This blog is based on a book called “The Path to Purpose: How Young People Find Their Calling in Life” by William Damon, one of America’s leading writers on the lives of young people. Judging by the blurb on the book on Amazon.com, the book itself is the result of an extensive study of young Americans’ lives. The blogger, Eric Barker, uses material from the book to hammer home a useful point: “These days kids have limitless options — and no clear answers. A world with a stifling lack of opportunities has become a paralyzing flood of possibility. (Be careful what you wish for, eh?) We don’t want to go back to the old way but we did create a void that we need to fill. It’s hardly surprising that levels of anxiety and depression are far higher among young people these days. They have no idea what they want.”
Many of us raise kids so that they can go to a good university and get a prestigious degree and then an equally prestigious job so that they can live in an expensive flat in an upmarket neighbourhood and drink low fat lattes all their lives. Unsurprisingly, most of our kids don’t really care for this vision that we might have of their chino-clad, Powerpoint infused futures. So how can we do a better job of visioning for our kids? Eric presents us with a 3-step solution:
Part 1 is to “Fan the Flames” i.e. “Every kid has interests. Start noticing. Be open-minded and supportive. Listen. Be a sounding board. Don’t judge. Encourage. Fan the flame.
It is very very not-hard to get young people to talk about what they love. Be a Socratic coach, drawing out their thoughts and helping to slowly weave them into next steps and plans.
Take advantage of organic opportunities to open a dialogue. When the news is on, ask kids what they think about issues, about what is right and what is wrong, about what is important and what is not. Start slow at first but you can circle closer and closer over time toward:
What’s most important to you in life?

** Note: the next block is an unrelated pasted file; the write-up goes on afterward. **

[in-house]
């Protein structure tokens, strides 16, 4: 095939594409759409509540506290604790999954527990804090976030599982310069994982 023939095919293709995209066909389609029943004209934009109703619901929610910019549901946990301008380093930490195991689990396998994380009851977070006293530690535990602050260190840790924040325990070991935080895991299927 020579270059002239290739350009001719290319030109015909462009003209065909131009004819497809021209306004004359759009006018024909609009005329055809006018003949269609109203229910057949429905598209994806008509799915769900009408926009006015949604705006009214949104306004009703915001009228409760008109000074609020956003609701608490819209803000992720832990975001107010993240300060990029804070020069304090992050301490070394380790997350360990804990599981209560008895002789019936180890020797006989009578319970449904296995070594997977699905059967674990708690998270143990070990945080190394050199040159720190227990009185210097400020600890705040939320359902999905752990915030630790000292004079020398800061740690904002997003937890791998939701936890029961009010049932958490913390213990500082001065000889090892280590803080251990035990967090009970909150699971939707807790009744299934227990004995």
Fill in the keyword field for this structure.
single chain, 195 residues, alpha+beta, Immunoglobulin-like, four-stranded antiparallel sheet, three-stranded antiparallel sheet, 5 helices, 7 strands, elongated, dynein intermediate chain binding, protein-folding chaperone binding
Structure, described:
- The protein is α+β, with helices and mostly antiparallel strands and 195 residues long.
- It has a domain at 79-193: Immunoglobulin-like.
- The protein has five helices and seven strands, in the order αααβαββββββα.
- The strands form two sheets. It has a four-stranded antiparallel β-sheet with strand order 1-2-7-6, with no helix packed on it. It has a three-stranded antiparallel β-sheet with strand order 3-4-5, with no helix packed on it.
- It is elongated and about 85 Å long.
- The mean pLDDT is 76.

Why do you care about those things?
What does it mean to have a good life?
What does it mean to be a good person?
Your mission, should you choose to accept it, is to help them explore possibilities and derive goals from the instincts they already feel.”
If you are not feeling stressed enough by now, you can move on to part 2 which is to “Convey The Meaning You Get From Your Work”. This can be tricky if you hate your job. However, assuming you don’t: “Talk to your kids about the purpose and meaning you get from your job. Children need to understand what it is you do and that it fulfills a personal sense of purpose — not just pays the bills. What makes you feel good about your job? What gives you pride in what you do? Again, you don’t have to be curing cancer. How does what you do in some very small way make the world a better place, contribute to the common good or just make someone else happy?”
Part 3 sounds a lot of more do-able: “Introduce Them To Mentors”. Basically, find smart, emotionally intelligent friends and foist your children upon them. “You might not be able to explain to them what it’s like to be a surgeon — but your friend the doctor can.
This might sound like a simple “good idea” but it’s more than that. In Damon’s study of young people he found a number of kids that were highly purposeful. Most of them didn’t have mentors outside the home. Nope… They all did. Every single one of them.”
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Note: the above material is neither investment research, nor financial advice. Marcellus does not seek payment for or business from this publication in any shape or form. Marcellus Investment Managers is regulated by the Securities and Exchange Board of India as a provider of Portfolio Management Services. Marcellus Investment Managers is also regulated in the United States as an Investment Advisor.
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